The College Workout

Should I Take SAT Subject Tests?

Amy Jasper Thursday, April 23, 2015

Some colleges require or recommend that applicants take two or three SAT Subject Tests. Unlike the SAT or the ACT, these are hour-long content based tests. Each test is on one subject and a student can take up to three in one sitting. There are 20 SAT Subject Tests in five general subject areas: English, history, languages, math and science. You should choose the tests that will best showcase the subject areas where you excel. A few other things to consider:

 

Check the college's website to see if it requires any specific Subject Tests or if you can choose. For example, a college may require that prospective engineering majors take the Math 2 Subject Test and a at least one science Subject Test.

 

Take the subject test right after you've completed the recommended classes in school because the material will still be fresh. Look here:https://sat.collegeboard.org/practice/sat-subject-test-preparation

to find the recommended preparation guidelines for each subject as well as practice questions. The May and June test dates of sophomore and junior years tend to be the best dates for this.  

Prepare. Try the free practice questions, download the Getting Ready for the SAT Subject Tests practice booklet or use other preparation resources. 


Remember, all colleges and universities do NOT consider SAT Subject Tests in their admissions process. The best way to confirm testing requirements is directly on the college's website.

Register for subject test here:  https://sat.collegeboard.org/register/

 


Juniors: Spring Semester To Do List

Amy Jasper Monday, February 02, 2015

  • Register for at least one SAT and/or ACT spring test date(s) and prepare. Consider taking SAT subject tests in May or June. Find complete testing information at:   http://sat.collegeboard.org/home  and www.actstudent.org
  • Don't get spring fever. Continue to put your best effort into your classes. Need help? Ask for it.
  • Stay organized.
  • Schedule challenging courses for senior year. Do not slack off.
  • Meet with your school counselor to create a list of colleges that you want to seriously consider. Make sure the list has a balance of reach, target, and likely schools. 
  • Continue to visit and research colleges of interest.
  • Continue conversation with family about your college plans.
  • How will you pay for college? Learn about financial aid at http://www.finaid.org/fafsa/
  • In the spring, ask a teacher who knows you well to write your teacher recommendation for college applications in the fall.

It's September Seniors: Keep Calm and Do This Now

Amy Jasper Thursday, September 18, 2014

  • Register for ACT, SAT, and/or SAT II.
  • Meet with your school counselor to discuss the schools to which you are applying and what you need to do to have your transcripts and recommendations sent. Follow your counselor's directions and adhere to their deadlines.
  • Request letters of recommendation from your teacher(s).
  • Create a chart of your college deadlines and requirements. Remember that short of a natural disaster, colleges are not flexible with deadlines. You must be on time.
  • Complete essays in a timely fashion. Have someone proofread your essays and applications.
  • Meet admissions representatives who visit your school.
  • Have official test scores sent to the colleges to which you're applying.

Social Media - It's a Small World After All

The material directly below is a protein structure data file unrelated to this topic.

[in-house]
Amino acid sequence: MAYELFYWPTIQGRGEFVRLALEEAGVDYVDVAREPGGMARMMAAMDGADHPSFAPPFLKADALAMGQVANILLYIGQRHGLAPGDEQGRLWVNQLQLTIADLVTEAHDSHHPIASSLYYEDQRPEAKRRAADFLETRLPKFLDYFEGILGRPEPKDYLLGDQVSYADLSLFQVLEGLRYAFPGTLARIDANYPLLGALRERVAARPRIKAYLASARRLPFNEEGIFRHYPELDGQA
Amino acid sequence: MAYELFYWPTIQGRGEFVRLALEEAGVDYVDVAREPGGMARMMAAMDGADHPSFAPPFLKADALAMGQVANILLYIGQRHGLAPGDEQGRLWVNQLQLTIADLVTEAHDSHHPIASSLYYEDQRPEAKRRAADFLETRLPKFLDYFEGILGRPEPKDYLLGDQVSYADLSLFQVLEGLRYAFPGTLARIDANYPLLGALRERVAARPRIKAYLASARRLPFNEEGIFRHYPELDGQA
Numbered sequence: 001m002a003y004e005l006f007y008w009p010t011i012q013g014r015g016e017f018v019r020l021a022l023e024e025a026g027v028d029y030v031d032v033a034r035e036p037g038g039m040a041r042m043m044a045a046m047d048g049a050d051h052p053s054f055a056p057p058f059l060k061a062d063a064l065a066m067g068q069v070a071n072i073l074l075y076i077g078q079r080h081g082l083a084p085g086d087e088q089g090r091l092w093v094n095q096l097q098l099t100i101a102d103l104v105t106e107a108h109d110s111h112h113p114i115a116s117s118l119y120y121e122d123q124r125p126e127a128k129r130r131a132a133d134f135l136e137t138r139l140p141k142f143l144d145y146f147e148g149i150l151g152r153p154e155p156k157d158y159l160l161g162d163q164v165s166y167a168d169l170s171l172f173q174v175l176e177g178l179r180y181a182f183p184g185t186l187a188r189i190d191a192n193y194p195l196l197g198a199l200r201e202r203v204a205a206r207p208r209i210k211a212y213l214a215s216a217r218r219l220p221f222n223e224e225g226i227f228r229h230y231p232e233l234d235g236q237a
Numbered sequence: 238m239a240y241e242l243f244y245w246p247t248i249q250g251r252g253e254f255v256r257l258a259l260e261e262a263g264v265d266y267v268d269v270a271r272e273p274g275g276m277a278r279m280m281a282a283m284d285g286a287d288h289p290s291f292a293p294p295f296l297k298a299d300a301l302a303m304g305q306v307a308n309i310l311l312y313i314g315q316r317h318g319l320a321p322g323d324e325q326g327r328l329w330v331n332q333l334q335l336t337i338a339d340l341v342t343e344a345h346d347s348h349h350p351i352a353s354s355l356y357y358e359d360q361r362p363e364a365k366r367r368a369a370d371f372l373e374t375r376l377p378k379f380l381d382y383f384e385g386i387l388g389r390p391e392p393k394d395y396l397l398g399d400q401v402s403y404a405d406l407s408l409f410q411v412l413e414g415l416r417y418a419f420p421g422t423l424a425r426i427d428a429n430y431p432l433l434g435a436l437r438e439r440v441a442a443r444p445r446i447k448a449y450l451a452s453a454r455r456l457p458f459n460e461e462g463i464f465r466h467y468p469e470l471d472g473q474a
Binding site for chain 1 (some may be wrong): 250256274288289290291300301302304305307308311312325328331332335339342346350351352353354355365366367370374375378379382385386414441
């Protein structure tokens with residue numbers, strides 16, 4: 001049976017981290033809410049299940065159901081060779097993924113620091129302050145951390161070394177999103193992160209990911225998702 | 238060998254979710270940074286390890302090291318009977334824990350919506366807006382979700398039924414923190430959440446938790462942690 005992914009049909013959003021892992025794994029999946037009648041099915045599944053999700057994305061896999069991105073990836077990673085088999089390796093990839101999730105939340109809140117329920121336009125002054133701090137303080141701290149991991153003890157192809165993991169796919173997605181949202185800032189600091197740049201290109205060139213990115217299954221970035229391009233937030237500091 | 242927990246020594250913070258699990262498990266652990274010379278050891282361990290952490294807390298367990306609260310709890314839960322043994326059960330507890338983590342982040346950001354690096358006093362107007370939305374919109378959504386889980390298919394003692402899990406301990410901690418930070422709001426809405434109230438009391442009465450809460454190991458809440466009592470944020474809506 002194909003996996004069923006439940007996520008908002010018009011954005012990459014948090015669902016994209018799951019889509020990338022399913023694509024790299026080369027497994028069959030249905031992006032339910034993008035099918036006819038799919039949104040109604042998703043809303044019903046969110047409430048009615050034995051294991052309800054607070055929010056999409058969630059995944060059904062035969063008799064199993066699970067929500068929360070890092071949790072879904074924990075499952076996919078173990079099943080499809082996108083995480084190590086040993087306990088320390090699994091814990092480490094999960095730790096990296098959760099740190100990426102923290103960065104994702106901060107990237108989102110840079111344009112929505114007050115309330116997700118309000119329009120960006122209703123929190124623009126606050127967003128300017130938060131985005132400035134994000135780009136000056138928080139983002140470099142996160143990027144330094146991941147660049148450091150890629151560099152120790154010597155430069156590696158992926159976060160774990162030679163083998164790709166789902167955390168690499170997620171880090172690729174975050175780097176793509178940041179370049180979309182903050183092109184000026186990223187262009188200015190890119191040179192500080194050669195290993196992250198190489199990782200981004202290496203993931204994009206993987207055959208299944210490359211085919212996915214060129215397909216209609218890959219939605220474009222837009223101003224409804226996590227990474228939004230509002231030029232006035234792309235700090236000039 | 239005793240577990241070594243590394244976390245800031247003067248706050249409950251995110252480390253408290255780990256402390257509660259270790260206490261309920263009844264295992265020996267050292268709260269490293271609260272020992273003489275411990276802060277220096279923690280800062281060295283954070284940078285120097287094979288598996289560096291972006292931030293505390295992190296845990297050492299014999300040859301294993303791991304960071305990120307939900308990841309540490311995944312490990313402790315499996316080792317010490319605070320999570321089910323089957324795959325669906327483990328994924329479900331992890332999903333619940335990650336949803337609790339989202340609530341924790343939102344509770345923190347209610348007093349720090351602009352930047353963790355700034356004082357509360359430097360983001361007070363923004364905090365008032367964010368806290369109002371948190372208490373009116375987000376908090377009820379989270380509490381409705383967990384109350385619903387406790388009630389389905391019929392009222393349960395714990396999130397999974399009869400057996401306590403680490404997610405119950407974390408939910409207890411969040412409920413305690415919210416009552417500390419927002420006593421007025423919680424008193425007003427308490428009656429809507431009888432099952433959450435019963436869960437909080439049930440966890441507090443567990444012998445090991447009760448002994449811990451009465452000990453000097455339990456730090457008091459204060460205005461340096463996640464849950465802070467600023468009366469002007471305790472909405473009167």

Amy Jasper Monday, September 02, 2013

Social media has made ‘it’s a small world’ far more then a figure of speech or a ride at Disney World. Many colleges have ways for prospective students to be connected to their potential schools by FB, Twitter, blogs, and various other mediums. Whether you are a senior preparing to apply to colleges or a 9th, 10th, or 11th grader, you need to be keenly aware of your online presence. A great rule to follow is: only post pictures, videos, or comments online that you would not be embarrassed to show your grandmother or have plastered on a bill board on I-95. Apply this to all sites that you participate – FB, Twitter, YouTube, Tumblr, etc. Also create an email address that is basic and professional. Applying to one’s dream school with the email address iHateTarheelBlue@gmail.com or dukediva@gmail.com is not a good look. It is a fact that some colleges and employers do indeed Google applicants or checkout their FB page. How many? We’ll never truly know… but better safe than sorry.


Happy New Year Seniors!

Amy Jasper Monday, January 14, 2013

Right now there are two kinds of college bound seniors. One has already been accepted into the school of their choice and has decided to attend. The other is still applying to colleges. Both are perfectly fine positions to be in but require different plans of action. The following steps in these winter months will keep you on track for a happy spring.

 Seniors Who Can Kiss the Admissions Process Goodbye:

  • Congratulate yourself on a job well done!
  • Say Thank You – Remember you did not get to this point on your own. Thank those who supported you in this process, wrote letters, proofread, paid for application fees, took you on college visits, etc.
  • Apply for Financial Aid - Complete the FAFSA and the CSS Profile.
  • If you were admitted under binding ED, be sure to withdraw your applications from other schools.                                                  

 Seniors in the Homestretch of the Process:

  • Be sure to adhere to deadlines, as many are January 15th or February 1st.
  • Don’t let your energy fade. Put as much into these last applications as you did others.
  • Give your college list a final review. Think of admission decision worse case scenarios and be certain you have choices you can be happy with.
  • Apply for Financial Aid - Complete the FAFSA and the CSS Profile.
  • Be patient... it's a virtue.

 

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